Intervention Strategies


Tip of the Week: INDEPENDENCE

Since we are all home right now and with our kids 24/7, it’s a good time to focus on increasing independence with daily living skills. Beginning to teach these skills as early as possible will create building blocks for that individual as they get older and need to develop even greater independence. By helping your child to develop greater independence with daily living skills, you will help increase their self-esteem and overall happiness. Below are some tips to help guide you in teaching your child independence.

Visual schedules:
Use a checklist with pictures or text that your child can use to let them know what step to do next and cross off the ones that they have completed. This will help your child to not have to rely on you to tell them what to do next and will help build routines into their life. Below is an example. Here is a link to some free premade visual schedules, but feel free to reach out to your clinical supervisor if you need a customized schedule created.

Task Analyses:
Break down the skill into small teachable steps that you teach your child to follow in that order. This will build the routine and make sure that the task is done thoroughly.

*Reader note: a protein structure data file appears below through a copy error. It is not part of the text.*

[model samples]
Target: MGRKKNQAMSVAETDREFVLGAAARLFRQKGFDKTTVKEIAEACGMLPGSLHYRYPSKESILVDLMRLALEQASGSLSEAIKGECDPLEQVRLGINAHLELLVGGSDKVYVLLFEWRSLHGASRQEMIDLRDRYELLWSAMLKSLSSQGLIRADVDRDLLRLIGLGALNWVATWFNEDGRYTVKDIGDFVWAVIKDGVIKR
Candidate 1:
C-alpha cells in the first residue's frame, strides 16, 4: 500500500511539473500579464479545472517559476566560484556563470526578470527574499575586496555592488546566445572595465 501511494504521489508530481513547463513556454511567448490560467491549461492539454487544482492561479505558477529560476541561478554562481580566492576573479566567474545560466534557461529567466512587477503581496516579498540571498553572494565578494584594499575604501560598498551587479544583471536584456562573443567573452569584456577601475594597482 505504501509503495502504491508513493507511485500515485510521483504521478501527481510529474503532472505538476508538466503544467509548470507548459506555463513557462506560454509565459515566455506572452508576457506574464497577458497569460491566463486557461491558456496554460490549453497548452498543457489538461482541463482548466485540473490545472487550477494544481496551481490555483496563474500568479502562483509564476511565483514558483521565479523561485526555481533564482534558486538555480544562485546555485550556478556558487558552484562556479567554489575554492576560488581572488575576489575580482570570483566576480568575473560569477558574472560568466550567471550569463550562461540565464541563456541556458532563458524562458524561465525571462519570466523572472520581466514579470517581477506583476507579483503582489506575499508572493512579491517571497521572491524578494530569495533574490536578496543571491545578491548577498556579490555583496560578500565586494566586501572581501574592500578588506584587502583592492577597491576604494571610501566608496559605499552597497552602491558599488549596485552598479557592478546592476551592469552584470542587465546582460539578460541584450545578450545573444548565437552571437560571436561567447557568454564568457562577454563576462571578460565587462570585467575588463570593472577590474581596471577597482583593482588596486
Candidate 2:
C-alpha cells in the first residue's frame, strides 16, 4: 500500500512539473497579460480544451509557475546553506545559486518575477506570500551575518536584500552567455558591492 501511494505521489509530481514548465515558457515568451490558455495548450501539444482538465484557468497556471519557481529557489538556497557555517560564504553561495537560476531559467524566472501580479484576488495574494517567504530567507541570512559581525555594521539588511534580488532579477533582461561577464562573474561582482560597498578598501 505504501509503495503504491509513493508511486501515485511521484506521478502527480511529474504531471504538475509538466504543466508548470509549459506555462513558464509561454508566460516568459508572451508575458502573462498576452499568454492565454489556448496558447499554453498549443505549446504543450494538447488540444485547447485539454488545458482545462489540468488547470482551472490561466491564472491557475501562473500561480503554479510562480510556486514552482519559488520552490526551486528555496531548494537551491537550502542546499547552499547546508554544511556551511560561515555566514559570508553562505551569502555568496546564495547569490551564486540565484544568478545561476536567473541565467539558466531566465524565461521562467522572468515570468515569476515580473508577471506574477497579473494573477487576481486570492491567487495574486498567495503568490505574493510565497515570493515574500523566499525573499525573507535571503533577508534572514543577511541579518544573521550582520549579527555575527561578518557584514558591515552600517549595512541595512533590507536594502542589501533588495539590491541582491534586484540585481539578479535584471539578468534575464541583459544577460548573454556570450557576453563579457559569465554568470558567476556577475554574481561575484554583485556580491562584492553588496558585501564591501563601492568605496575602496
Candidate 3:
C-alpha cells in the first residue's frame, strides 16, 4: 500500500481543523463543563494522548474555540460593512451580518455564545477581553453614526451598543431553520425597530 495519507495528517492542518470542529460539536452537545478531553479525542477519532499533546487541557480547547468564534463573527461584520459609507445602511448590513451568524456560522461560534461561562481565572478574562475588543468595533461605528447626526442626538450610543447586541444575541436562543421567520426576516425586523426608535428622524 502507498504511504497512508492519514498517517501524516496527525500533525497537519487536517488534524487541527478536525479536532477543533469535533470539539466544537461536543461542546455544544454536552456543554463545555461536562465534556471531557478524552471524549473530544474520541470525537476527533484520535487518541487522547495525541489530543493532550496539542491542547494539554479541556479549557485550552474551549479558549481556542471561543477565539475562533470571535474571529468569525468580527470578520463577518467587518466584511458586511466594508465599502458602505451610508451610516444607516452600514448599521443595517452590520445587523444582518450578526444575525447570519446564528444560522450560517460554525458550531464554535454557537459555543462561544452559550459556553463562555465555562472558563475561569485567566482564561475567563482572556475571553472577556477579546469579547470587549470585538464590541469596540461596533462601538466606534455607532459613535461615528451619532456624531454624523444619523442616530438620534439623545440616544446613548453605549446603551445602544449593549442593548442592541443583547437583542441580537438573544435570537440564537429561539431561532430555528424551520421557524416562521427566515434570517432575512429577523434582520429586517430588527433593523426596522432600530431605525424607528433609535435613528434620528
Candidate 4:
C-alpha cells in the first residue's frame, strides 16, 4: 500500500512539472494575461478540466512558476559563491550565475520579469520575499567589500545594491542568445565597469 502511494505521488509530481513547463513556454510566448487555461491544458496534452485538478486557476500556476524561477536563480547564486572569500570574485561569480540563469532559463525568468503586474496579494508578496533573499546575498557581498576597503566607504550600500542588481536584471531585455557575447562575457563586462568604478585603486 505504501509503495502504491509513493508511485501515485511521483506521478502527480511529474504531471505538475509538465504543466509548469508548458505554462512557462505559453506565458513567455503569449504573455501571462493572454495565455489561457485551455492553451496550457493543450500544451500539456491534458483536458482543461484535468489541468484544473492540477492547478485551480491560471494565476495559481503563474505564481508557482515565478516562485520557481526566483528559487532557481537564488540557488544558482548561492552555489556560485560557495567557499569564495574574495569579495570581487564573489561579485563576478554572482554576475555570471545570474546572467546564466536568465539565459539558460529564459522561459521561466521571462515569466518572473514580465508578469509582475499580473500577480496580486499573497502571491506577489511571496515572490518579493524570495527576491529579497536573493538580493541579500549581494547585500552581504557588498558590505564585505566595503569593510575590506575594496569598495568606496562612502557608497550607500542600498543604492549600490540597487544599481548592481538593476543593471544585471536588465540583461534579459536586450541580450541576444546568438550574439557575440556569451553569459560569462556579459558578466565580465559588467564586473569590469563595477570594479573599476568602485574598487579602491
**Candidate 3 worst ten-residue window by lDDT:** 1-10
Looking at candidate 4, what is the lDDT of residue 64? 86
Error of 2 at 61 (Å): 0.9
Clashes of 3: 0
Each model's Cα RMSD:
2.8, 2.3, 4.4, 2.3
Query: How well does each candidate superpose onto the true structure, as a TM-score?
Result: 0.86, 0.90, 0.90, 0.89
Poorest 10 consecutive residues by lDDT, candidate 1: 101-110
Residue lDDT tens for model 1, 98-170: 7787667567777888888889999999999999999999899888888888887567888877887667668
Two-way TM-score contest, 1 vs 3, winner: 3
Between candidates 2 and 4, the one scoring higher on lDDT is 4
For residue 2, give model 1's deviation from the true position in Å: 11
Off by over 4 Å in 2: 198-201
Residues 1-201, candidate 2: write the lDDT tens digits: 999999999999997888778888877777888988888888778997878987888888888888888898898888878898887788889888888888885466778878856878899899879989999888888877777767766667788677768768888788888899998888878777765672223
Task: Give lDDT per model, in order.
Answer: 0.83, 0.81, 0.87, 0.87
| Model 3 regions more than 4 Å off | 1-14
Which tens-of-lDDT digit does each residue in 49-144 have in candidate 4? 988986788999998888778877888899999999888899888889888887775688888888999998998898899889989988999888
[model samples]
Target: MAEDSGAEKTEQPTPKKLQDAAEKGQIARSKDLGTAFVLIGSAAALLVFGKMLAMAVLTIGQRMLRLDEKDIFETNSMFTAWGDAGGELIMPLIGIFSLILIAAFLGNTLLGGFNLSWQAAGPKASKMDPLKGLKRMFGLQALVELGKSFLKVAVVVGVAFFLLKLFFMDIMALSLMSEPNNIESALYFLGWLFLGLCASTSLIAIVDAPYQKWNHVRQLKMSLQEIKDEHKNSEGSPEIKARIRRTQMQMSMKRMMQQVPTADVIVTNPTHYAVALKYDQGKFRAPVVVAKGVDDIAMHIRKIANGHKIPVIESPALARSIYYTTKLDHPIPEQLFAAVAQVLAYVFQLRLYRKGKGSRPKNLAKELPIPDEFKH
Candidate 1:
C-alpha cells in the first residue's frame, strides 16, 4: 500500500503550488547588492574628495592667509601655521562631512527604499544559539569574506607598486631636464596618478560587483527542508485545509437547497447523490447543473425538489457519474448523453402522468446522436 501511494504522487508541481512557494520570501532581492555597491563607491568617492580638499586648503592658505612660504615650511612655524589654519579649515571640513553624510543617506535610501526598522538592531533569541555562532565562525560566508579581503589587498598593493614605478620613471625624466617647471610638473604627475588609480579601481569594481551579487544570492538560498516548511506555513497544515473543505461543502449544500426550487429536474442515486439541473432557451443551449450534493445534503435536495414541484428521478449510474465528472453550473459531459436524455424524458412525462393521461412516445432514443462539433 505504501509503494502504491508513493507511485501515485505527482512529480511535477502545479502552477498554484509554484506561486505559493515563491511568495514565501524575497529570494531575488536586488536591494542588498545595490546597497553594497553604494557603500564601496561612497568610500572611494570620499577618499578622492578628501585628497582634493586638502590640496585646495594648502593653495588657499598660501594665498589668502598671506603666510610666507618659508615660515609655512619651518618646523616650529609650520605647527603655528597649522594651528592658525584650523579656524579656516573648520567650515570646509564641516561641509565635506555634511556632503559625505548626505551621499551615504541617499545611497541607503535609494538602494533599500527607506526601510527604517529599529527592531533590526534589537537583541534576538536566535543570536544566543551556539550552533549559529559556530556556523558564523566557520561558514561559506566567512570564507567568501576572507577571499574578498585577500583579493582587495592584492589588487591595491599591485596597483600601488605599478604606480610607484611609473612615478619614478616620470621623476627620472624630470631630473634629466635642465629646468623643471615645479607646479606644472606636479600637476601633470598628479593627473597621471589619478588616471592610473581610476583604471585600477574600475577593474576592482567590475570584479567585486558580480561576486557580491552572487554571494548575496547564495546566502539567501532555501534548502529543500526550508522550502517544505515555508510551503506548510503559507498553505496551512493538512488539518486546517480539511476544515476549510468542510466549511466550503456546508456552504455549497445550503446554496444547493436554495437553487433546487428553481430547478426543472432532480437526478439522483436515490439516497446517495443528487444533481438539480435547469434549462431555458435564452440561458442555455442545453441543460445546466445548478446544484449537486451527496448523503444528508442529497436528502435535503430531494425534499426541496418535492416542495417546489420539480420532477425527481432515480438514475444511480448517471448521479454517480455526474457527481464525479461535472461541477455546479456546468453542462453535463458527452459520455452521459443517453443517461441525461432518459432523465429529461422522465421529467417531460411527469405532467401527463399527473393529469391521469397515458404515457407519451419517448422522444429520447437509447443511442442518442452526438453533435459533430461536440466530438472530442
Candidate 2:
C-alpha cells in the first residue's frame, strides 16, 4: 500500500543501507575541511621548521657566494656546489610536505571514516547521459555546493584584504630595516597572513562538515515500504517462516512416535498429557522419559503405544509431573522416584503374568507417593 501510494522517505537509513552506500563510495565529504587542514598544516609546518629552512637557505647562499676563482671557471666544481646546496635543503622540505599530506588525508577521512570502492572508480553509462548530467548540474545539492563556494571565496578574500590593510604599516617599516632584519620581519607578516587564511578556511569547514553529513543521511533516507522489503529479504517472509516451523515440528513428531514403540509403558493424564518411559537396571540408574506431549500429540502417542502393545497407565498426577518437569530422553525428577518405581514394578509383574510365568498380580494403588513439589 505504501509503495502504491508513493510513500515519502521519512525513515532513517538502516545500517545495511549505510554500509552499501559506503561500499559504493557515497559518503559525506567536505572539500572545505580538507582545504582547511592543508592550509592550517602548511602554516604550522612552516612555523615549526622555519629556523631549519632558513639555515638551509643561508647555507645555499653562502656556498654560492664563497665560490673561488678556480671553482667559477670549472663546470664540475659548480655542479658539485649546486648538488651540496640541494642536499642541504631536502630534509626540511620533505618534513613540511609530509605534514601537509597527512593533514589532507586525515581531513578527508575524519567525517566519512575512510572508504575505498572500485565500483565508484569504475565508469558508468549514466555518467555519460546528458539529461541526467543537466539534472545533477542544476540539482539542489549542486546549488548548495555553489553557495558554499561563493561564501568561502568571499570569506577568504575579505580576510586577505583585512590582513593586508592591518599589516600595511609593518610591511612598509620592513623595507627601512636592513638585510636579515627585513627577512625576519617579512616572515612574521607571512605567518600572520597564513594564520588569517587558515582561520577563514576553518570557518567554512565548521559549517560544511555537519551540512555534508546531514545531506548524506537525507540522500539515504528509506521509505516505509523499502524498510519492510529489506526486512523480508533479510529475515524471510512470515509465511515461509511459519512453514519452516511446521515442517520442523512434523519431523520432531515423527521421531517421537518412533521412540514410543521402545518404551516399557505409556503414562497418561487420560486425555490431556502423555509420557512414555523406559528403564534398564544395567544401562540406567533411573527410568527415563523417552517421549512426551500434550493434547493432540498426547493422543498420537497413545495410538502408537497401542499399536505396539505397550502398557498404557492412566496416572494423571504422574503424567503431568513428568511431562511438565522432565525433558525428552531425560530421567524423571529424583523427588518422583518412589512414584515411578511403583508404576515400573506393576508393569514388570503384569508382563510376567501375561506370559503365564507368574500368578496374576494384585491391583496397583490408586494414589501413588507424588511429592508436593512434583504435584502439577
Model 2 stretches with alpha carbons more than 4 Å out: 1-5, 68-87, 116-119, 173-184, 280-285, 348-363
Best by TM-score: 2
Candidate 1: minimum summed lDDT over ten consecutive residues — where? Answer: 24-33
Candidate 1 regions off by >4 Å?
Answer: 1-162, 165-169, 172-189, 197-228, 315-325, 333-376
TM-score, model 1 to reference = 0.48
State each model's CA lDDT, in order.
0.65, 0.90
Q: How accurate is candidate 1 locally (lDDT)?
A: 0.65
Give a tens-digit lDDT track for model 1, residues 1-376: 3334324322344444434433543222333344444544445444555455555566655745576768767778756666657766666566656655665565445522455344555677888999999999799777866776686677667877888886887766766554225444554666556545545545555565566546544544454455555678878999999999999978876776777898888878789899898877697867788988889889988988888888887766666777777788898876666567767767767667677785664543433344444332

Help your child to complete each step of the skill correctly by providing them with assistance and then gradually fade yourself out to build the independence. It is typically recommended to avoid verbal prompts (e.g. saying “turning on the sink”) and to use physical prompts instead (e.g. guiding their hands silently to turn on the sink). You can guide them physically from behind (as to not insert yourself into the routine) and then, as they start to show more initiation of that step of the task, fade your prompting out. You may need to prompt some steps more than others. So, for example, you may need to still guide your child’s hand to brush their teeth thoroughly, but can fade out your prompting for putting toothpaste on the toothbrush. The goal is to fade out all prompting entirely.

Video Modeling:
Research has shown that using a video of an expert doing the skill that you would like your child to learn can help them establish the skill. There are plenty of video models online (like this one: brushing teeth video model), but BAC is happy to create video models for you, or you can create one yourself.

Use Reinforcement:
Reinforcement is key in teaching independence with daily living skills (and all skills!). You may have to provide a lot of reinforcement in the beginning and can later fade it out. So, at first, you can reinforce each step of the task that your child completes and then later, you can provide reinforcement only after s/he completes the whole task.